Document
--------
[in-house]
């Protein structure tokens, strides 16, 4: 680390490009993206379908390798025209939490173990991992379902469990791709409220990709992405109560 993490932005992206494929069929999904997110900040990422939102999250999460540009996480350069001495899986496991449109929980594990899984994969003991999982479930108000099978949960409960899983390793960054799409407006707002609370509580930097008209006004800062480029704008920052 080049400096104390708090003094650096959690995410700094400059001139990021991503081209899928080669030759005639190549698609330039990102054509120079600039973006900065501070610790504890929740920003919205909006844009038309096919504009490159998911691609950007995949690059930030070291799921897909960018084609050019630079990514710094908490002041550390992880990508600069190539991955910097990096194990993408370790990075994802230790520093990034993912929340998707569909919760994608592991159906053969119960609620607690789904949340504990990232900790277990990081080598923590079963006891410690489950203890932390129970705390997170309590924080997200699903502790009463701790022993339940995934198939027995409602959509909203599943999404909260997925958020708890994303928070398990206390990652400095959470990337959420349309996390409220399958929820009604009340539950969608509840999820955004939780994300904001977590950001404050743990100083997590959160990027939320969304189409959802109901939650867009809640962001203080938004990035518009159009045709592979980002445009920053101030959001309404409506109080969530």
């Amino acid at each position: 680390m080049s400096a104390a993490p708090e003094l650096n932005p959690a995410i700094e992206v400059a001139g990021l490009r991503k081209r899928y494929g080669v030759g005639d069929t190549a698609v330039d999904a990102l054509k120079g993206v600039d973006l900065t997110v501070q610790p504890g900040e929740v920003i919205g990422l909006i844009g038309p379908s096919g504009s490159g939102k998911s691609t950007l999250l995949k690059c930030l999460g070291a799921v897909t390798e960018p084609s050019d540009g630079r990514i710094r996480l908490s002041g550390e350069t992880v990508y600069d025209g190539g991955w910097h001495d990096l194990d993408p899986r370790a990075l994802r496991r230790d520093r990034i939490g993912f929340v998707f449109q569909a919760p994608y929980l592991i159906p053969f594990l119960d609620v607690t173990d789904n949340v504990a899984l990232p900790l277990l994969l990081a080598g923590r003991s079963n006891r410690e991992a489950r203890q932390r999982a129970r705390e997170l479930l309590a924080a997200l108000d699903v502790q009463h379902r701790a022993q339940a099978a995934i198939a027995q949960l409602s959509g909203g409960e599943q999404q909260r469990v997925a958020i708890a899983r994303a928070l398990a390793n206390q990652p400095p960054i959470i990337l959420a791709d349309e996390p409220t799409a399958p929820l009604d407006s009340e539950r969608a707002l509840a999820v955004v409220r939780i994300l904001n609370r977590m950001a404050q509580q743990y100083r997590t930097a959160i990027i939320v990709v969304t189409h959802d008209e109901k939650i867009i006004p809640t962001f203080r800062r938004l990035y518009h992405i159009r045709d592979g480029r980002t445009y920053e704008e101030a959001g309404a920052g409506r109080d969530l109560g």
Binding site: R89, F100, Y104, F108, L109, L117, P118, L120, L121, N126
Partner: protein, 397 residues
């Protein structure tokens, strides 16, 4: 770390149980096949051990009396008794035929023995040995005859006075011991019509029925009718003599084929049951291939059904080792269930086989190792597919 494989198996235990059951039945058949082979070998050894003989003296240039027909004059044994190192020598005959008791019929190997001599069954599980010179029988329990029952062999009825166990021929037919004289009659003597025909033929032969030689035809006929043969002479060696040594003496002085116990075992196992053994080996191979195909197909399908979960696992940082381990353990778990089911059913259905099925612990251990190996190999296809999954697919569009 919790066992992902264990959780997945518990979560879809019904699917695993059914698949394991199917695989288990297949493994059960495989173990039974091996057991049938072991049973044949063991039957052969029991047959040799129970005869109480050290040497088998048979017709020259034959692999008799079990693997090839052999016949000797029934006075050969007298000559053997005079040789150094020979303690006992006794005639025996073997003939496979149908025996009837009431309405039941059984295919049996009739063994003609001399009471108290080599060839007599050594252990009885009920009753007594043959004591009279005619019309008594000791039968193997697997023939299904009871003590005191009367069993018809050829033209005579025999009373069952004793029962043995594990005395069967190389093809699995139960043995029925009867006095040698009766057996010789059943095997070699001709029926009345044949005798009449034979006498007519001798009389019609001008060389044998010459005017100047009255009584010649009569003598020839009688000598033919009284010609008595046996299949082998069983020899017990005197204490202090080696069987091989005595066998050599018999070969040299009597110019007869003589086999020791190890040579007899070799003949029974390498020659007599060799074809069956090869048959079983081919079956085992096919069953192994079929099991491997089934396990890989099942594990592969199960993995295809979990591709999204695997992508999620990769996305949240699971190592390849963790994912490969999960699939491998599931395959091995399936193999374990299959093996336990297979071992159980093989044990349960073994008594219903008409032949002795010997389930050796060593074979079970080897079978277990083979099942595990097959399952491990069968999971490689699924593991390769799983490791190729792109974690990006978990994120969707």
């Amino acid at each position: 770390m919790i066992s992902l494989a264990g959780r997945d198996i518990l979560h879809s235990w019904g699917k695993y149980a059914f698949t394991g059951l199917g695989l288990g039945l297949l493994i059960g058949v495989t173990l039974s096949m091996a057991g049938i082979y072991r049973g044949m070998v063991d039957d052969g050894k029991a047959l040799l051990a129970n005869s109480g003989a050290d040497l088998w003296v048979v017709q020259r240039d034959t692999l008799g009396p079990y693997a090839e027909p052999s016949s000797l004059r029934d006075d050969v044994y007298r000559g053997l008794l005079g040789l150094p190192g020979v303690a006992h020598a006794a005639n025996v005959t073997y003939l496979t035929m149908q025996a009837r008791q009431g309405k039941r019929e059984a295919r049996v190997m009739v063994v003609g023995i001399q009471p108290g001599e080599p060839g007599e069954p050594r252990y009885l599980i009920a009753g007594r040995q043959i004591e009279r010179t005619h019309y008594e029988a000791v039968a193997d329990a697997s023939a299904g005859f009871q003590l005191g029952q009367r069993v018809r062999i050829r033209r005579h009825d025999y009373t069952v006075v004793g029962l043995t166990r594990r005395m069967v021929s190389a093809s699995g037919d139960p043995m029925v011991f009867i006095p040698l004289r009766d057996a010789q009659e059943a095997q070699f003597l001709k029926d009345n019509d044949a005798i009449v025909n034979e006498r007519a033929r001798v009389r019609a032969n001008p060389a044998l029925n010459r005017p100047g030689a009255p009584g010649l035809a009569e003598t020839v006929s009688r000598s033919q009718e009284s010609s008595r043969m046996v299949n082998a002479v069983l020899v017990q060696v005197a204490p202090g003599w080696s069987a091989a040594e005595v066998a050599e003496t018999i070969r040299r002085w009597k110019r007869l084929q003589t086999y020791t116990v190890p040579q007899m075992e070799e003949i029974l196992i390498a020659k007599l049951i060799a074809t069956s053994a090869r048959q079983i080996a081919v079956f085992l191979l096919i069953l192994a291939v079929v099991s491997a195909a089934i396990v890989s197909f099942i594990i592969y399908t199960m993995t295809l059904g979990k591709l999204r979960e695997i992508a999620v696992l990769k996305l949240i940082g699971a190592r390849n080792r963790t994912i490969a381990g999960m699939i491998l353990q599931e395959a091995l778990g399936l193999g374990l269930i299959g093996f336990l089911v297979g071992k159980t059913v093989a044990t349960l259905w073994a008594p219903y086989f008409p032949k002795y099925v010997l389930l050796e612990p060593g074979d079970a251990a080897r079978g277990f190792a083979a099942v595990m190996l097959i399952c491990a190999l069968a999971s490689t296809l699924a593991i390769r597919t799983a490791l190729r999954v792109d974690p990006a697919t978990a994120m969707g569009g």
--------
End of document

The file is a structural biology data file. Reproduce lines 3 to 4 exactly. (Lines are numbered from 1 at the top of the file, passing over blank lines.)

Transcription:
């Amino acid at each position: 680390m080049s400096a104390a993490p708090e003094l650096n932005p959690a995410i700094e992206v400059a001139g990021l490009r991503k081209r899928y494929g080669v030759g005639d069929t190549a698609v330039d999904a990102l054509k120079g993206v600039d973006l900065t997110v501070q610790p504890g900040e929740v920003i919205g990422l909006i844009g038309p379908s096919g504009s490159g939102k998911s691609t950007l999250l995949k690059c930030l999460g070291a799921v897909t390798e960018p084609s050019d540009g630079r990514i710094r996480l908490s002041g550390e350069t992880v990508y600069d025209g190539g991955w910097h001495d990096l194990d993408p899986r370790a990075l994802r496991r230790d520093r990034i939490g993912f929340v998707f449109q569909a919760p994608y929980l592991i159906p053969f594990l119960d609620v607690t173990d789904n949340v504990a899984l990232p900790l277990l994969l990081a080598g923590r003991s079963n006891r410690e991992a489950r203890q932390r999982a129970r705390e997170l479930l309590a924080a997200l108000d699903v502790q009463h379902r701790a022993q339940a099978a995934i198939a027995q949960l409602s959509g909203g409960e599943q999404q909260r469990v997925a958020i708890a899983r994303a928070l398990a390793n206390q990652p400095p960054i959470i990337l959420a791709d349309e996390p409220t799409a399958p929820l009604d407006s009340e539950r969608a707002l509840a999820v955004v409220r939780i994300l904001n609370r977590m950001a404050q509580q743990y100083r997590t930097a959160i990027i939320v990709v969304t189409h959802d008209e109901k939650i867009i006004p809640t962001f203080r800062r938004l990035y518009h992405i159009r045709d592979g480029r980002t445009y920053e704008e101030a959001g309404a920052g409506r109080d969530l109560g």
Binding site: R89, F100, Y104, F108, L109, L117, P118, L120, L121, N126